For as long as I can remember, I’ve been ignoring Bruce Jenner. As a child of the ’70s, I ignored him in the cereal aisle, where his Olympic-champion mug couldn’t entice me to pick his terminally bland Wheaties over more healthful Sugar Smacks. I ignored him in the ’80s, during his star-turn in Can’t Stop the Music, a disco-tinged Village People biopic that saw him nominated for a Golden Raspberry Award for worst actor. In the ’90s, I don’t recall Jenner at all, as I was rather busy ignoring him.
By the mid-2000s, however, Jen-ner had become much more difficult to ignore. He’d plighted his troth to the Kardashian clan, America’s First Family of publicity tapeworms, who are as long on fame’n’money as they are short on talent, unless you consider leaked sex tapes and Instagram butt-selfies a talent. As the paterfamilias/house eunuch of the Kardashian seraglio—both in real life and in the fake reality show Keeping Up with the Kardashians (now in its tenth smash season)—Jenner allowed viewers to witness him getting ignored by his daughters and serially humiliated by his wife. “Momager” Kris (her self-appointed nickname as her daughters’ tireless manager) would leave him behind on trips, confiscate his ATM card, and generally keep his huevos in her purse, well before he started carrying one (the two recently divorced).
Now, as you’ve inescapably heard, Jenner is downright impossible to ignore. Namely, for the reason that he is no longer a him but a her. After announcing in a Diane Sawyer special in April that he was transitioning genders, albeit retaining his heterosexuality, Jenner let the other Manolo drop this past week, declaring “Call Me Caitlyn” from the cover of Vanity Fair. Lovingly shot in full flower by Annie Leibovitz, after the breast augmentation, facial feminization procedures, and tracheal shave, Caitlyn looked nothing like a hulking former decathlete, but rather, a hulking Vargas girl or a creamy Old-Hollywood starlet, albeit a heavily airbrushed one.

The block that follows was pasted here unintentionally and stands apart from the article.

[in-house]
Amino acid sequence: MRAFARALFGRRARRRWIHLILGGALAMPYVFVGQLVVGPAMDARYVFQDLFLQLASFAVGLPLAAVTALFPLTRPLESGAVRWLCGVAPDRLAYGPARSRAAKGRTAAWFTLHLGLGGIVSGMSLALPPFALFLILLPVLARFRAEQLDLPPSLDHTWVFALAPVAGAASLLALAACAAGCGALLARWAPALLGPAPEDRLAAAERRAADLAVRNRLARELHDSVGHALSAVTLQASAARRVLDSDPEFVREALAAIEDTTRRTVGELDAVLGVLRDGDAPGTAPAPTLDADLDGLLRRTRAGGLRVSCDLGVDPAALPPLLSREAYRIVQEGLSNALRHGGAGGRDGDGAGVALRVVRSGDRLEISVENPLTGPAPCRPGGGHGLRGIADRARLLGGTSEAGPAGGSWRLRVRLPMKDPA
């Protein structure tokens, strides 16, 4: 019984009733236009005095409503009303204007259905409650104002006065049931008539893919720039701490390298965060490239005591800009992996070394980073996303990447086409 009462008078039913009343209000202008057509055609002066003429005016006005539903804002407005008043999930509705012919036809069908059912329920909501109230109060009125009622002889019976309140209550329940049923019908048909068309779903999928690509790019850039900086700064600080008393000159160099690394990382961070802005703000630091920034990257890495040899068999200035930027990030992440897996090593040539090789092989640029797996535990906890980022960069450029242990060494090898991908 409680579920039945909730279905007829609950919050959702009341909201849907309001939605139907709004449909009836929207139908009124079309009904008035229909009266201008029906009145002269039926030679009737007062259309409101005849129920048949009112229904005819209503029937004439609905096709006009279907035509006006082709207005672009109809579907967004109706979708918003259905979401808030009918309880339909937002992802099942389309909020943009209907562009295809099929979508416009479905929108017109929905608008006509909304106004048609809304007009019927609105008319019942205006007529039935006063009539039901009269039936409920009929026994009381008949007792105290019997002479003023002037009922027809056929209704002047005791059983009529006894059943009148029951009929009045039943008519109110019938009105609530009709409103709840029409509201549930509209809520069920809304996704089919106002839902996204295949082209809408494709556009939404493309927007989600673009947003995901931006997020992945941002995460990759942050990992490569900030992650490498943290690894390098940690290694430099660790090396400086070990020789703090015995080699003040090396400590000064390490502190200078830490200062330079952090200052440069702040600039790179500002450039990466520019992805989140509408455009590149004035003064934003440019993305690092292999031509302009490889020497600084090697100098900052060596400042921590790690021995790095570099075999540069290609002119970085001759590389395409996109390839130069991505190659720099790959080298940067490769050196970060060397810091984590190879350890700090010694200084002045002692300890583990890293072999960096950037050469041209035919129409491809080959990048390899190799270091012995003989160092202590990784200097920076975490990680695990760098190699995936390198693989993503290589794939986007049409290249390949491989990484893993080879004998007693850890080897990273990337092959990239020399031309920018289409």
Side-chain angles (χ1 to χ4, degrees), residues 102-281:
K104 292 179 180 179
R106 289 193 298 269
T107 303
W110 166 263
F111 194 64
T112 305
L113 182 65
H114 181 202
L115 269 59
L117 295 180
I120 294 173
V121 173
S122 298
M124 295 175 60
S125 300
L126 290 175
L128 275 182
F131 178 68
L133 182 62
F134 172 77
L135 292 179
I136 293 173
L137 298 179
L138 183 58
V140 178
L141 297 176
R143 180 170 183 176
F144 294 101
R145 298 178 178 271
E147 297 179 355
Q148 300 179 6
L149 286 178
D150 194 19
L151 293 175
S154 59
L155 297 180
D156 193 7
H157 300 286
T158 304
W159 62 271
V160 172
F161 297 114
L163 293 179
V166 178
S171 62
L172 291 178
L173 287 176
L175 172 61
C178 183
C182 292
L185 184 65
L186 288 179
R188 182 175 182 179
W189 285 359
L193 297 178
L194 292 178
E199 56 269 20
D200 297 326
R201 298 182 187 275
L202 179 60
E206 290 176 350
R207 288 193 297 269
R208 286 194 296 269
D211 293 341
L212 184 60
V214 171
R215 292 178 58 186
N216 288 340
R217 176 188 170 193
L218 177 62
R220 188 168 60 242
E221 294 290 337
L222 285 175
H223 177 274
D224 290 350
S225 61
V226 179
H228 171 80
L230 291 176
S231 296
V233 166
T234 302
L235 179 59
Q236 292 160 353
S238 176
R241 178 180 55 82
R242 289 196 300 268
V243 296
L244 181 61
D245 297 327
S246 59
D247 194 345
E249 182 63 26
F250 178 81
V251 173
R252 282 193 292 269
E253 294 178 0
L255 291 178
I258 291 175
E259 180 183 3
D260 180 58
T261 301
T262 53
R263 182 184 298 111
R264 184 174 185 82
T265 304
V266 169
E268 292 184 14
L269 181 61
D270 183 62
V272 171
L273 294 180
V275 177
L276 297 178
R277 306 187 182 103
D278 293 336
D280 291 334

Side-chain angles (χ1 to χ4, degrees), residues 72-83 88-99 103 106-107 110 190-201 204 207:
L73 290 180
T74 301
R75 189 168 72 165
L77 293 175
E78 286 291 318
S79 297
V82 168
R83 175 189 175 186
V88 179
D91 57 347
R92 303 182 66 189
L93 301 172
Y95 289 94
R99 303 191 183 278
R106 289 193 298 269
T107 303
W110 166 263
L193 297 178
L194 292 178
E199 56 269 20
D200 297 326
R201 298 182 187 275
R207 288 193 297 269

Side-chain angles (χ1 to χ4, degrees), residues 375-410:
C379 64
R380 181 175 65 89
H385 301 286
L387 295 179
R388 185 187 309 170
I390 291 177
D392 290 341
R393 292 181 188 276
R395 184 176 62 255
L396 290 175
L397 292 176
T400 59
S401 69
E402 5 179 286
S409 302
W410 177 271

Her new incarnation was met with pure rapture by an adoring Internet, where Caitlyn was compared to everyone from Jessica Lange to various female deities, her burdensome worm now transformed into a beautiful butterfly. Only a handful were rude enough to notice the Y-chromosome in the biological punchbowl—she’s still smuggling said worm under her satiny Edy Corset. (Caitlyn has indicated that she plans on sticking with her original-issue equipment for now, which has no bearing on
In all the hubbub, there was another transition as well. Bruce Jenner had spent the better part of the last decade being a tabloid joke, renowned for his dysfunctional family, bad haircuts, and even worse plastic surgery. But Caitlyn Jenner achieved instant secular sainthood as a profile in courage—a cross between JFK, MLK, and J. H. Christ, all swaddled in elegant Donna Karan couture.
The likes of Lady Gaga and Ellen DeGeneres saluted her bravery. She set land-speed records on Twitter, where her new Caitlyn account garnered a million followers in four hours, breaking Barack Obama’s old record, though he too tweeted, “It takes courage to share your story.” Just how much courage it takes in Transjennered America is a matter of debate. When your coming out is met with a two-hour ABC special and a 22-page cover spread in Vanity Fair, the leader of the free world is tweeting attagirls, Estée Lauder is considering endorsement deals, your first public outing will be to accept the Arthur Ashe Courage Award from ESPN, all to be followed by another reality show (sorry, a “docu-series”) called I Am Cait—well, call it courage if you must, but this definitely ain’t your grandfather’s Battle of the Bulge.
Then there are Caitlyn’s enthusiasts/enforcers in social media. A Twitter mob tarred-and-feathered Nickelodeon star Drake Bell, who was foolish enough to tweet that he’d still call Bruce Bruce. (“Ok Drake, your name is now Donna,” tweeted @Onision. “Enjoy being called what you don’t identify as, Donna.”) CNN’s media watchdog, Brian Stelter, couldn’t help but notice that some people were “misgendering” Caitlyn. “After all,” he tsked, “Jenner’s Vanity Fair cover was very clear, ‘Call me Caitlyn.’ ” An ACLU lawyer wrote that even mentioning a trans-person’s “birth-assigned sex is an act of hatred.”